This audiobook, narrated by Rebecca Lowman and Sunil Molhotra, is a recipient of the 2014 Odyssey Honor Award. It is an exceptionally sweet love story of two 16-year-old teens falling in love for the first time. Park is a nerdy, but cute Vietnamese-American who loves comic books and alternative music. Eleanor is the new girl with the mysterious background. They meet on the bus when "Big Red", so named for her red hair and larger, curvy body, tries to find a seat. "Weird Asian Boy" is the only one willing, though reluctantly, to scoot over and make space for her. The story is told from both Park's and Eleanor's points-of-view, which is how the reader learns about Eleanor's troubled life with an abusive step-father. The two never speak to each other, but Park realizes that Eleanor is also reading his comic books as he reads them on their ride to school. He eventually starts to let her take them home to finish the really good ones like "Watchman". He also lets her listen to the cassette tapes of his favorite music. She is appreciative and particularly careful not to damage anything so that he won't stop letting her borrow them. She knew she'd never have access to them otherwise. Little by little they begin a dialogue together, and find out that they have a lot in common. Eventually, Park takes her hand on the bus and sparks fly for both Park and Eleanor. Their relationship deepens to the point of Eleanor sneaking over to Park's house on a daily basis. Park's family embraces her and know the troubled family she comes from, but Eleanor's family knows nothing of Park. Her step-father already makes disgusting accusations about her behavior and more. Their love is tested when Eleanor must suddenly escape her house and move to another state for the safety of her uncle's house. Can they survive this separation? This tender, yet heartbreaking story will immediately suck in readers who enjoy love stories full of innocence, first kisses, and the electricity of touching your love for the first time . Appropriate for readers in grades 9 and up. The audiobook is excellent. I miss Eleanor and Park.
This beloved classic stars an exceptional girl who develops extraordinary powers that she uses to triumph over nasty parents, wretched friends, and a monstrous headmistress. Dahl’s cast of vivid characters is infused with life by Oscar-winner Kate Winslet’s dynamic performance.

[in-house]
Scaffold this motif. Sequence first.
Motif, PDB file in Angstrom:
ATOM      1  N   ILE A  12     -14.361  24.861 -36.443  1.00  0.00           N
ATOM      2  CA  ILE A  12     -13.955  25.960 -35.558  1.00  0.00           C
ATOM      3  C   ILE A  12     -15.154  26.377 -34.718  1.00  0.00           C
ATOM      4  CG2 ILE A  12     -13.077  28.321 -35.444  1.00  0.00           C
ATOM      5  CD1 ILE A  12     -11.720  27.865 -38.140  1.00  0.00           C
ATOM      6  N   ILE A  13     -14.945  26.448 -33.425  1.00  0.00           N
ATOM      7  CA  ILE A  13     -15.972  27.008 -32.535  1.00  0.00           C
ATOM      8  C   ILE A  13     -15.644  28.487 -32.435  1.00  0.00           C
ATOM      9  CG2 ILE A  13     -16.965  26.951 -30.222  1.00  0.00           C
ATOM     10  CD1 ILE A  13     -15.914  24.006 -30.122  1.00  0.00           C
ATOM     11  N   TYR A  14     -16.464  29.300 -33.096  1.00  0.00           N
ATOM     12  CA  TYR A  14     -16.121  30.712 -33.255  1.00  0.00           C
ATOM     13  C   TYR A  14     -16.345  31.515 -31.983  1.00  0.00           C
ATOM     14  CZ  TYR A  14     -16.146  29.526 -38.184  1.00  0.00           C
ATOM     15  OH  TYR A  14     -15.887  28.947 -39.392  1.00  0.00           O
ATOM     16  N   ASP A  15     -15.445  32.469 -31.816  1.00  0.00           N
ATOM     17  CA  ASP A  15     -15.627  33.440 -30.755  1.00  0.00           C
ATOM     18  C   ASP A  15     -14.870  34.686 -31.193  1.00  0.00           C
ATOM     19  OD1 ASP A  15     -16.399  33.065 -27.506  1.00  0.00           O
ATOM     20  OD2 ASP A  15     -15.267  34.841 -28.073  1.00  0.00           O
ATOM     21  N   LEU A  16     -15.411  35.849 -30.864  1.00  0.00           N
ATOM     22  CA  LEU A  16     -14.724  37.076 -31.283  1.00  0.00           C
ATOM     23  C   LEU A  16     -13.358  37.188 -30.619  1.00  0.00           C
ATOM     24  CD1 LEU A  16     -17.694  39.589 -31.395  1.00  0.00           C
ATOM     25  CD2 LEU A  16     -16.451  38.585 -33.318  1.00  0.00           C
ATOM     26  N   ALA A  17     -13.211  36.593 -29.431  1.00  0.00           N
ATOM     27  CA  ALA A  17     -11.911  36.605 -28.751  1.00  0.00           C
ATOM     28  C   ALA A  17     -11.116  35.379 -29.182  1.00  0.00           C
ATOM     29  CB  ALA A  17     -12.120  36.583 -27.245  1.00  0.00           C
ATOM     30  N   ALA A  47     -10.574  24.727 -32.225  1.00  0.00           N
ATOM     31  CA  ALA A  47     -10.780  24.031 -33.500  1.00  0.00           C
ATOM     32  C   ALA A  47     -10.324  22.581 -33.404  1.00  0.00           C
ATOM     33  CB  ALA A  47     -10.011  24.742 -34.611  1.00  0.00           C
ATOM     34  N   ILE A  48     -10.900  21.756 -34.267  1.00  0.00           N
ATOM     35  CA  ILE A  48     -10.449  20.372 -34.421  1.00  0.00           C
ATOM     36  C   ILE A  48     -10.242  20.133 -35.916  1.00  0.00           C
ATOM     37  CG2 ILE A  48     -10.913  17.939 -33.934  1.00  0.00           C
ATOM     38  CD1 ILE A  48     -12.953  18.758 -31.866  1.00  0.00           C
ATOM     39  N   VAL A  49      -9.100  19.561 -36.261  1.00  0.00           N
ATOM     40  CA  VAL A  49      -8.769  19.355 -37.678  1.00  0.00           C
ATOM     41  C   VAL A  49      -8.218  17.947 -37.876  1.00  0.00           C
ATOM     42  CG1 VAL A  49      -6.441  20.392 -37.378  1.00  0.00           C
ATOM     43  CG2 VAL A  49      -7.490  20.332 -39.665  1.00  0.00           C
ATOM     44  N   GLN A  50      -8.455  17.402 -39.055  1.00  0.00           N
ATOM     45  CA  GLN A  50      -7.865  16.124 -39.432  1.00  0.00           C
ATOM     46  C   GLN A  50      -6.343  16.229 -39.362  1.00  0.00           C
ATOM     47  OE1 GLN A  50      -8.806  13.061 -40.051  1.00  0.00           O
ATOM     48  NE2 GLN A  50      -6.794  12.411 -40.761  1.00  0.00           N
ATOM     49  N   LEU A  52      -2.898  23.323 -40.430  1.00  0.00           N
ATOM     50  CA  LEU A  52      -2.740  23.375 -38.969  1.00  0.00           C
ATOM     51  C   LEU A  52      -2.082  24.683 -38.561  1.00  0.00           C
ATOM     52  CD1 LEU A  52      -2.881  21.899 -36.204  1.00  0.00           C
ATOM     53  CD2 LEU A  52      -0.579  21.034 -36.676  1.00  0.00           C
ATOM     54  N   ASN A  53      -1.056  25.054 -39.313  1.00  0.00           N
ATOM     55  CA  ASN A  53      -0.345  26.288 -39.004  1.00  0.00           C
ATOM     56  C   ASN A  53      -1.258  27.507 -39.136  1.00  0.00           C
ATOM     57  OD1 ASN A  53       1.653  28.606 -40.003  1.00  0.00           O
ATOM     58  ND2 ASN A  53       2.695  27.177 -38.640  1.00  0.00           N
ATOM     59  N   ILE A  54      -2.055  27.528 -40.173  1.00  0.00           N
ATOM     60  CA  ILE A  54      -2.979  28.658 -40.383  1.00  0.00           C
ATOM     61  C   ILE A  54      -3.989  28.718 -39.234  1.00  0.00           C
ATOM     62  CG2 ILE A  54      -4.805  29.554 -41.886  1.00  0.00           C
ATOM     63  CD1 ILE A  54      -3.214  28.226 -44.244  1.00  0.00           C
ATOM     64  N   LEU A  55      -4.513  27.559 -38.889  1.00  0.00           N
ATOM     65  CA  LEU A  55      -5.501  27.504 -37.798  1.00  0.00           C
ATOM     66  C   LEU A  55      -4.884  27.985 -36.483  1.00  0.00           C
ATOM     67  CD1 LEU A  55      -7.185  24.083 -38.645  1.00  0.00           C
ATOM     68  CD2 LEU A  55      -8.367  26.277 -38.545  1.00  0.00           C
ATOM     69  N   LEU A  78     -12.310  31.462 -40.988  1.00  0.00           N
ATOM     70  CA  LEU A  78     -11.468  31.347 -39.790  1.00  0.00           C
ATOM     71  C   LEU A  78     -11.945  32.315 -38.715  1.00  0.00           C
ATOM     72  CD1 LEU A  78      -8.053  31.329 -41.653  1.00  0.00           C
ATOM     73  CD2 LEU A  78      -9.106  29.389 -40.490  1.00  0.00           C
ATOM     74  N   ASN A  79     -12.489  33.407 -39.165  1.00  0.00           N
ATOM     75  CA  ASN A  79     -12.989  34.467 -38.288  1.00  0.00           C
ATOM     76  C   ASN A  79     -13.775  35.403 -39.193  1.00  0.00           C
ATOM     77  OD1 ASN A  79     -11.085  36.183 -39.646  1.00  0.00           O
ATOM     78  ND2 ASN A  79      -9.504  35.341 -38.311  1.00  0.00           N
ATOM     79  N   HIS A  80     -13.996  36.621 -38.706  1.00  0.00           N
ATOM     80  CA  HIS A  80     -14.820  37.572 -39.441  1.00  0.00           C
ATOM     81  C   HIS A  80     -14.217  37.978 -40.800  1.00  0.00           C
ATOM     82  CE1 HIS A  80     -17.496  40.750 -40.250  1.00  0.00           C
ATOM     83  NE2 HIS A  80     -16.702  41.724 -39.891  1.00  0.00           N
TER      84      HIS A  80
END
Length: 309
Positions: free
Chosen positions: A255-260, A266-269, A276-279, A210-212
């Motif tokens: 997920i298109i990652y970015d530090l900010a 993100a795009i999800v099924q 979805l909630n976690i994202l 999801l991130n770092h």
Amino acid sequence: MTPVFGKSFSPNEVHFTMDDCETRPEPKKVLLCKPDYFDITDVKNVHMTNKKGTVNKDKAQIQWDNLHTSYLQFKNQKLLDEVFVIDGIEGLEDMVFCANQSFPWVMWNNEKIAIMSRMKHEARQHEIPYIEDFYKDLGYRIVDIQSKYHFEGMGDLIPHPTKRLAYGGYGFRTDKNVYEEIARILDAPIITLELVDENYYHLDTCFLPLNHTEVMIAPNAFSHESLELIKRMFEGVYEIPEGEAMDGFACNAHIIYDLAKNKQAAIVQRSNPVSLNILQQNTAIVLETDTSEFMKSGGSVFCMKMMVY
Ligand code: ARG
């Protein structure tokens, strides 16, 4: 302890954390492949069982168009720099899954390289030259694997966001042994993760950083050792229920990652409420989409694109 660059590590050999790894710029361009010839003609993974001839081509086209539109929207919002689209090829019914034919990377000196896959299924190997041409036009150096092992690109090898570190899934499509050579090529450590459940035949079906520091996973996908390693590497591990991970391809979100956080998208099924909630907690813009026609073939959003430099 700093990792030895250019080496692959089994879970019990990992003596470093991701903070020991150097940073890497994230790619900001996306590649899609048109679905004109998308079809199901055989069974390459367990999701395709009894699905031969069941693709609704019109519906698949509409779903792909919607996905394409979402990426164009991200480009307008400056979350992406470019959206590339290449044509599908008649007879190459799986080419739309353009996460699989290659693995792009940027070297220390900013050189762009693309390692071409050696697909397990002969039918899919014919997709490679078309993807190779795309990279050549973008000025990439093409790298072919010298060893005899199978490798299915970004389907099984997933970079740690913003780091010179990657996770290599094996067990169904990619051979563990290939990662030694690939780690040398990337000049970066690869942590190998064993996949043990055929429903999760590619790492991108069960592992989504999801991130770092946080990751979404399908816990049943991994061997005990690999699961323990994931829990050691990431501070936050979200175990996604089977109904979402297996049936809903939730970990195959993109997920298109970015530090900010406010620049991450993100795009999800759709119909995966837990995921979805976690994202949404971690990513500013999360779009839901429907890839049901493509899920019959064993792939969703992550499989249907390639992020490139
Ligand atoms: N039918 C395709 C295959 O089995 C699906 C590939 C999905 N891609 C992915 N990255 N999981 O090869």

Matilda is an exceptional 5-year-old girl with cruel parents. She despises the way her father favors her brother and calls her stupid. She also hates the way he brags about the dishonest methods he uses to sell cars at his successful car business. Since she is so bright, she figures out a few pranks to play on him to tone down his behaviors, if only temporarily. For instance, she borrows a friends talking parrot and sticks it up the chimney one night to scare her father. Also, she switches her mother’s hair bleach for her father’s purple hair oil one morning causing his hair to turn white. She also put super glue around the inside brim of his hat so that he was unable to remove it once it was on his head. But Matilda is not a mean child. She just wants some recognition from her parents. She gets this immediately from her new teacher at school, Miss Honey, who cannot help but see how exceptional she is. Matilda can read (she has been going to the library everyday where the librarian helps her find more and more books, consequently she has read most of the classics) and she is extraordinary at math, a skill her father refused to recognize. She loves Miss Honey, but the Head Mistress, Miss Trunchbull, is a nightmare. She has an unlimited number of ways to torture the children who have misbehaved or not learned their lessons. Payback begins when Matilda learns she has one more extraordinary talent. Kids will absolutely love reading this book and finding how Matilda is able to vindicate herself. There are so many strong and unforgettable characters. This Odyssey Honor Award version is narrated by Kate Winslet and she does a magnificent job with all the voices, though some of the dialects were a tad hard to follow at times. Naturally, I like that there is a friendly librarian who takes the time to help Matilda, providing a good library message. One interesting thing I noticed while listening is that Dahl often uses prepositions to end his sentences. With. Ha!
Highly recommended for middle grade readers grades 3-6 and as a read-loud for younger children. A.R. Level is 5.